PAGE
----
Lifebook t4310 Review

Discussion in 'Fujitsu' started by n00beta, Dec 11, 2009.

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  1. n00beta

    n00beta Pen Pal - Newbie

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    This review is from the perspective that knows enough about hardware, software, AND art to give a fairly definitive review of this machine from more than just a simple mechanical perspective. I'll be adding to this review so please hold any questions until its clear that I've finished. There will be three parts:

    1. Physical
    2. Machine functionality as a general laptop
    3. Machine functionality as a drawing tablet

    The third part will be after I've reformatted and installed all of my own software (which may not be until tomorrow or later). I may also make a video review at some point. So, On with it!


    Fujitsu extended my "estimated shipping date" a few days, so I called them and said that I wasnt happy about it and asked if they could do anything for me. Actually, I was still pretty pissed off about it, because they didnt fix the date they shipped it. However, when the tablet left the shipping facility, I found out that they had overnight shipped it, from Japan. So, it took about 7 business days total, but for free shipping I can't complain.

    It came in a box within a box, with foam packing inserts so it was protected about as well as any package can be. No damage, not so much as a scratch when I received it.

    When I first unwrapped it, the impression I got was "holy ****, this is a black mirror". Its legitimately the most glossy hardware item I've ever seen. Its nice looking, but fingerprints stick like magnets. They wipe off easily enough though, I guess. The build and material quality in comparison with my lenovo (bad comparison, I know) seem fairly poor. It is a consumer product though, so I expected as much. The keyboard on the other hand, is outstanding and almost matches my desktop's keyboard (MS sidewinder) in "usability", shall we say. The touchpad is TINY. That might even be an understatement. Its SUPER TINY. I've never played with a touchpad on a 12" laptop before but I didnt expect it to be that small. I'll update this part later with what I think of its performance and if its size is acceptable.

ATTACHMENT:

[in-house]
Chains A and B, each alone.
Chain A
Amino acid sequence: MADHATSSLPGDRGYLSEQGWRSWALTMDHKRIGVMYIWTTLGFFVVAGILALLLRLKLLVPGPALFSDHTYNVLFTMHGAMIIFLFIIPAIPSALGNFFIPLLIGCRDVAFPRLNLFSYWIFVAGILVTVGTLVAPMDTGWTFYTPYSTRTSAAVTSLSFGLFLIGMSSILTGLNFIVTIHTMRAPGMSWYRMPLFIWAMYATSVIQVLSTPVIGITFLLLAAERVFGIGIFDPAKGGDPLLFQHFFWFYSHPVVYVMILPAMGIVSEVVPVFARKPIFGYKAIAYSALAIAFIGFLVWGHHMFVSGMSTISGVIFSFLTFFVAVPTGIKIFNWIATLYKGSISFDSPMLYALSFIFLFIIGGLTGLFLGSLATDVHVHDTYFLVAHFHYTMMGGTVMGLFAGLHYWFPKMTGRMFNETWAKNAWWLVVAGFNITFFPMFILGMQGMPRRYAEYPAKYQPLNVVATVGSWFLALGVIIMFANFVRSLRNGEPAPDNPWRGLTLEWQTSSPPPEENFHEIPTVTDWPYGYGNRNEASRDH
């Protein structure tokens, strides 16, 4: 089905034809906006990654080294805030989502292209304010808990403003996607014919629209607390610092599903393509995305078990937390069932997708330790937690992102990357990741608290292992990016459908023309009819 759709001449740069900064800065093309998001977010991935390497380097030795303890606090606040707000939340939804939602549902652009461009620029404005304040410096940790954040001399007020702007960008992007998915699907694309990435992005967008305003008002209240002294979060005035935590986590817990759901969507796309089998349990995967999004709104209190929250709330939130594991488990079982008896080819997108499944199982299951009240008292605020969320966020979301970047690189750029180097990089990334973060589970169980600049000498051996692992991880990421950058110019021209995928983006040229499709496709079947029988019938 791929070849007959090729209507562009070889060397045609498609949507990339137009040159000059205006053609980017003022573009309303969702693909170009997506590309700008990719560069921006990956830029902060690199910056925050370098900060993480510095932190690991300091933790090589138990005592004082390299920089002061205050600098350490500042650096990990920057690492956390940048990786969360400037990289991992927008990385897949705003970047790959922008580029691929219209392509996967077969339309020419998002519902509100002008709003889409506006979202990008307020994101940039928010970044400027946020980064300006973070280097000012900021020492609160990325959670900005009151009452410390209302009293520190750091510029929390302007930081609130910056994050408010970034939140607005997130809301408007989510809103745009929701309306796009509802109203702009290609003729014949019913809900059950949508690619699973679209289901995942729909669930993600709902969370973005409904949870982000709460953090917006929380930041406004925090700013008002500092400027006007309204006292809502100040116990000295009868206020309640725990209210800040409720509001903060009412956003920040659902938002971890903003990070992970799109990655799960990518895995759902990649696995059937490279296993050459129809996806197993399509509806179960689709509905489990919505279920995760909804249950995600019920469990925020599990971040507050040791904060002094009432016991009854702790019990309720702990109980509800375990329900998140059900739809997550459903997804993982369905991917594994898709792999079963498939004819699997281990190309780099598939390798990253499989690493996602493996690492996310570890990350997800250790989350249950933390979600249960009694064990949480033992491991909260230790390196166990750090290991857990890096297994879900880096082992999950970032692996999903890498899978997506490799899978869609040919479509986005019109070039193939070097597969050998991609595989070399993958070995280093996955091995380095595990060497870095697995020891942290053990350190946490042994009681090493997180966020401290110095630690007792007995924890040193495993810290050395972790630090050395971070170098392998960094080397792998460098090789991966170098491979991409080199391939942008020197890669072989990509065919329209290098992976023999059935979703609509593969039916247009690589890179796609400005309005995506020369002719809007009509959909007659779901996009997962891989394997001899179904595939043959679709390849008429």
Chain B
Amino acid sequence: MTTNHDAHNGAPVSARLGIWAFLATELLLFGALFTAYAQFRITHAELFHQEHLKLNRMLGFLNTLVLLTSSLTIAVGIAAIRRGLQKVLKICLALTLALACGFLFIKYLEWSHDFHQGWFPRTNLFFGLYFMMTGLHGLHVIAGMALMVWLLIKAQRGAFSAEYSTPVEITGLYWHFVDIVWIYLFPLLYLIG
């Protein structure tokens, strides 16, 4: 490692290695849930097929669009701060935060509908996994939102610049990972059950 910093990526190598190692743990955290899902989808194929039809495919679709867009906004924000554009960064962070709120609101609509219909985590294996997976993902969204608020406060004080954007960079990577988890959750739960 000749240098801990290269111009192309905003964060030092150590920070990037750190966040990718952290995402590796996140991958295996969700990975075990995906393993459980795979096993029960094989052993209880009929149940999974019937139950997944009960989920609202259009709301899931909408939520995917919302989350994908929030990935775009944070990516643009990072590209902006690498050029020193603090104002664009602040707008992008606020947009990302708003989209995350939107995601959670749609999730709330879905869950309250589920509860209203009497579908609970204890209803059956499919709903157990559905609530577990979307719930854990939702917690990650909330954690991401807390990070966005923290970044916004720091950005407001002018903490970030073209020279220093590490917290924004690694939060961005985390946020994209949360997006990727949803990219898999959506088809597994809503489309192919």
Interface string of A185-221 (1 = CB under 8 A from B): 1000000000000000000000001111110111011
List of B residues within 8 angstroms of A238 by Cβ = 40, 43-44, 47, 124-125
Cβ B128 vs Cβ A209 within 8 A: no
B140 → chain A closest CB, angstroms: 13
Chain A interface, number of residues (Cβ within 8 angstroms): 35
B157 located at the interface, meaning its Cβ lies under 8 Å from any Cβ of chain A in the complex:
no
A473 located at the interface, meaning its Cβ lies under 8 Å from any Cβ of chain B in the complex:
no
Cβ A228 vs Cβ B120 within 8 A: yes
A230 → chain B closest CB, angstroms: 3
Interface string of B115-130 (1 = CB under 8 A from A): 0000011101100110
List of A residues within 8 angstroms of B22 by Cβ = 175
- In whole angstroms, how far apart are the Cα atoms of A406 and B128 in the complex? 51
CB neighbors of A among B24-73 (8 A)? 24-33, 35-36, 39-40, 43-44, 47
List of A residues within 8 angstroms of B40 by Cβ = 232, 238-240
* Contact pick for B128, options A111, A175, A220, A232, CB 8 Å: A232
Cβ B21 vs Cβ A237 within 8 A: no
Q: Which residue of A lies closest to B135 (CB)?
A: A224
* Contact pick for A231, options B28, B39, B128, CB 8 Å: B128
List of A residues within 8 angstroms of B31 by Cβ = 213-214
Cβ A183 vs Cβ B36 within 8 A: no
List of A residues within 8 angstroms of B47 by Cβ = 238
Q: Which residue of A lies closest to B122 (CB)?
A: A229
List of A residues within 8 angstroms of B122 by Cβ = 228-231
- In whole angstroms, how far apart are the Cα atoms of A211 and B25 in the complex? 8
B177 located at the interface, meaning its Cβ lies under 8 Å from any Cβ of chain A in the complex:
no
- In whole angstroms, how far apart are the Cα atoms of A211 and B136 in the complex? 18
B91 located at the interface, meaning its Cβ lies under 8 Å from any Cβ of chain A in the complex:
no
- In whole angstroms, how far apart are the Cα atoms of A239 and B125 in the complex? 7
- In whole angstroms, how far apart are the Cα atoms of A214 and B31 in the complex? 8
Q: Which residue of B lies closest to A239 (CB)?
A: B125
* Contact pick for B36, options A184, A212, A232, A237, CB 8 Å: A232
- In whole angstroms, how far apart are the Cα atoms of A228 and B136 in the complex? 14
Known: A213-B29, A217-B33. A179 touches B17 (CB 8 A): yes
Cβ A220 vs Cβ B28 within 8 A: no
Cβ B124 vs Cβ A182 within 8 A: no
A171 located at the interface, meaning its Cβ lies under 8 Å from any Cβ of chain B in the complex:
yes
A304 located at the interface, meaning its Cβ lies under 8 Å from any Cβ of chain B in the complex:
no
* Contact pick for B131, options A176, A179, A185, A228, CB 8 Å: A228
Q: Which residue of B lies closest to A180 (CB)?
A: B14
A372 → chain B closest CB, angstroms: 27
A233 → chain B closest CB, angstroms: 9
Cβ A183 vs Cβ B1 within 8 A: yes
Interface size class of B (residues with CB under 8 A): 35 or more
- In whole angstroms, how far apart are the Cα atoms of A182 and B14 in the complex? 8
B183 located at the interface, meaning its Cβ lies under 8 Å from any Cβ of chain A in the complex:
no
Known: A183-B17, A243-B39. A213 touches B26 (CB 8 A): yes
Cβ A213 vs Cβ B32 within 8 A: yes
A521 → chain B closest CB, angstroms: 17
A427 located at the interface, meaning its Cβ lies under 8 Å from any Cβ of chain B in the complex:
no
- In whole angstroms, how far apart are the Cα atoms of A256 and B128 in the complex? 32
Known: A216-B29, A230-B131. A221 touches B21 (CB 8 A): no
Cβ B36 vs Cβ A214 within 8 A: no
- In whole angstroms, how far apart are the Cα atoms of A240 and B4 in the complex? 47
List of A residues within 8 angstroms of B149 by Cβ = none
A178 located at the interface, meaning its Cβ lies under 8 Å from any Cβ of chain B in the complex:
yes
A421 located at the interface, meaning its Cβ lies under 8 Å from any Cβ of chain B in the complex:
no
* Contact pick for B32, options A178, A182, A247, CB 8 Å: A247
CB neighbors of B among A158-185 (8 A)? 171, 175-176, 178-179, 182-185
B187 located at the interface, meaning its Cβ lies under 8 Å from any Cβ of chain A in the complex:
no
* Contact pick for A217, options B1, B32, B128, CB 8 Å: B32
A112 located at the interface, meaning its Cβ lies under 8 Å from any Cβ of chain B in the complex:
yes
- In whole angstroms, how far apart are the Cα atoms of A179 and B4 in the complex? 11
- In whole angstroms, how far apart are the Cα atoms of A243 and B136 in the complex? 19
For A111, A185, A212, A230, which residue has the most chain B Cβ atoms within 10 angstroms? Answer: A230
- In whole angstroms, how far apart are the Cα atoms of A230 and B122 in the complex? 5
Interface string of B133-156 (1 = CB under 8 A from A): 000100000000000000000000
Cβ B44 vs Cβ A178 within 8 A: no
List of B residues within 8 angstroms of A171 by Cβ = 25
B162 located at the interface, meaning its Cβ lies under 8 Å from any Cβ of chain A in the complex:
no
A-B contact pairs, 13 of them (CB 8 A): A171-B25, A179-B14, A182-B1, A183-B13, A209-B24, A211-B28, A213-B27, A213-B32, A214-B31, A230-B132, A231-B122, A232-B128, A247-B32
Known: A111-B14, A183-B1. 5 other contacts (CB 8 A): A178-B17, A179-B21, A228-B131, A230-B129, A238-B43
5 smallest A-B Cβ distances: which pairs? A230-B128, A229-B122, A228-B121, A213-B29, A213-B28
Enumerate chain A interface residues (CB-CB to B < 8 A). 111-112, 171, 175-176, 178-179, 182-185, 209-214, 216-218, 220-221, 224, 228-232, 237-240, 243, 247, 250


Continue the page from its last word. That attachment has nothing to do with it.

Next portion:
Its screen is a tiny bit more glossy than the super-matte x61, but its just about what I expected in that respect as well. I did NOT get the wide-angle screen, and I think maybe I should have, but the normal screen isn't too bad for the average user. Since I plan to do a lot of drawing, it may have been worth the additional $100, but I'll update with a better opinion once I've used it a bit.

    Thats about as far as I've gotten till now, its running the setup procedures so I'll pop back in and update later tonight.
     
  2. jcddvm

    jcddvm Scribbler - Standard Member

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    I know you're not done yet, but please explain the above in a bit more detail for those like myself who've never handled a Lenovo and don't know what you're talking about.
     
  3. n00beta

    n00beta Pen Pal - Newbie

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    Lenovos are pretty much the most solidly built machines you could possibly imagine. the fujitsu's quality is comparable to the average laptop. Lenovo makes extremely ugly machines but they pretty much never break. Thats the main difference between "business" and "consumer" class.
     
  4. RazzNuts

    RazzNuts Scribbler - Standard Member

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    congrats for your new T4310 @n00beta :D

    I wonder how does the supposed-to-be "business-class" T4410 would compare to the consumer T4310 (and Lenovo, sure)
    Btw any chances of posting any pic? :)
     
  5. n00beta

    n00beta Pen Pal - Newbie

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    Hm, forgot about this thread for a bit there, oh well, I'm pretty much good to go in terms of testing things out. I don't really have a camera actually besides a phone camera which isnt going to help too much I dont think. A few main points: